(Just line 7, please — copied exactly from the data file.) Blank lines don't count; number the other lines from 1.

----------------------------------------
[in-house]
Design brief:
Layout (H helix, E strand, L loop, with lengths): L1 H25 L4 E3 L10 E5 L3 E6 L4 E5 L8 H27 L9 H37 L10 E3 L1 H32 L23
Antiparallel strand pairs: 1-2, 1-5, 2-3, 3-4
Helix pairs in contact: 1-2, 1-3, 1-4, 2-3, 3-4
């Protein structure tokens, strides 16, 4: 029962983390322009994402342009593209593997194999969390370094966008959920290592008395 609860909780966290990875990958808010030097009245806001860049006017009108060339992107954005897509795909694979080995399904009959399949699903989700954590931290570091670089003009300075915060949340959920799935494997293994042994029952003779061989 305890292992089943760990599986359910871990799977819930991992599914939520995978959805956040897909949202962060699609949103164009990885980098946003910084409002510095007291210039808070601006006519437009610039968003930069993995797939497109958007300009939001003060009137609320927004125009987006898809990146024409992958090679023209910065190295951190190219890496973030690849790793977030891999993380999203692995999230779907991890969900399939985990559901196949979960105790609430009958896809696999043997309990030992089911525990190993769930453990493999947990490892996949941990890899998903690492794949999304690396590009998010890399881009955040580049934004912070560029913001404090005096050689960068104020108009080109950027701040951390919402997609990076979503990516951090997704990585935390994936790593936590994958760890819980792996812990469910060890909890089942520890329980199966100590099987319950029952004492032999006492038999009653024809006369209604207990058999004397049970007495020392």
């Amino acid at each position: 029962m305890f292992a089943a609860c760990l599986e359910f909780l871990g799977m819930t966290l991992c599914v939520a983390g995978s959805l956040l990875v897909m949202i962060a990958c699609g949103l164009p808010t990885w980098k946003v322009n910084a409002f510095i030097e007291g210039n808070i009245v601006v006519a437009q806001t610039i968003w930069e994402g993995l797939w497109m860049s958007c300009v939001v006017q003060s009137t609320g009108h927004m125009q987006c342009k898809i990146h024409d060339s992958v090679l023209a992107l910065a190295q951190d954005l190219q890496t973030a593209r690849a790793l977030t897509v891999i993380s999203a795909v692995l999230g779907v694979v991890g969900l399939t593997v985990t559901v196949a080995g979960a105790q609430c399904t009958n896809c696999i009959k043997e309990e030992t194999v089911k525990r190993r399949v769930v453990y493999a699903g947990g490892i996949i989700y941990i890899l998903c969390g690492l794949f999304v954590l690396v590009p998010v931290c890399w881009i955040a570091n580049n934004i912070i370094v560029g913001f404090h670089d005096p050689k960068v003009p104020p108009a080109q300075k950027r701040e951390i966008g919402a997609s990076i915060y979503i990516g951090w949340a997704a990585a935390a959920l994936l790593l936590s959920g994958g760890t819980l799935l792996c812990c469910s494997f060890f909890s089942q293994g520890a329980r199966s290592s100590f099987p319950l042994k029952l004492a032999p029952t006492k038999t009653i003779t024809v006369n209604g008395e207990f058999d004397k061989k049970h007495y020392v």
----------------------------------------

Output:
């Amino acid at each position: 029962m305890f292992a089943a609860c760990l599986e359910f909780l871990g799977m819930t966290l991992c599914v939520a983390g995978s959805l956040l990875v897909m949202i962060a990958c699609g949103l164009p808010t990885w980098k946003v322009n910084a409002f510095i030097e007291g210039n808070i009245v601006v006519a437009q806001t610039i968003w930069e994402g993995l797939w497109m860049s958007c300009v939001v006017q003060s009137t609320g009108h927004m125009q987006c342009k898809i990146h024409d060339s992958v090679l023209a992107l910065a190295q951190d954005l190219q890496t973030a593209r690849a790793l977030t897509v891999i993380s999203a795909v692995l999230g779907v694979v991890g969900l399939t593997v985990t559901v196949a080995g979960a105790q609430c399904t009958n896809c696999i009959k043997e309990e030992t194999v089911k525990r190993r399949v769930v453990y493999a699903g947990g490892i996949i989700y941990i890899l998903c969390g690492l794949f999304v954590l690396v590009p998010v931290c890399w881009i955040a570091n580049n934004i912070i370094v560029g913001f404090h670089d005096p050689k960068v003009p104020p108009a080109q300075k950027r701040e951390i966008g919402a997609s990076i915060y979503i990516g951090w949340a997704a990585a935390a959920l994936l790593l936590s959920g994958g760890t819980l799935l792996c812990c469910s494997f060890f909890s089942q293994g520890a329980r199966s290592s100590f099987p319950l042994k029952l004492a032999p029952t006492k038999t009653i003779t024809v006369n209604g008395e207990f058999d004397k061989k049970h007495y020392v």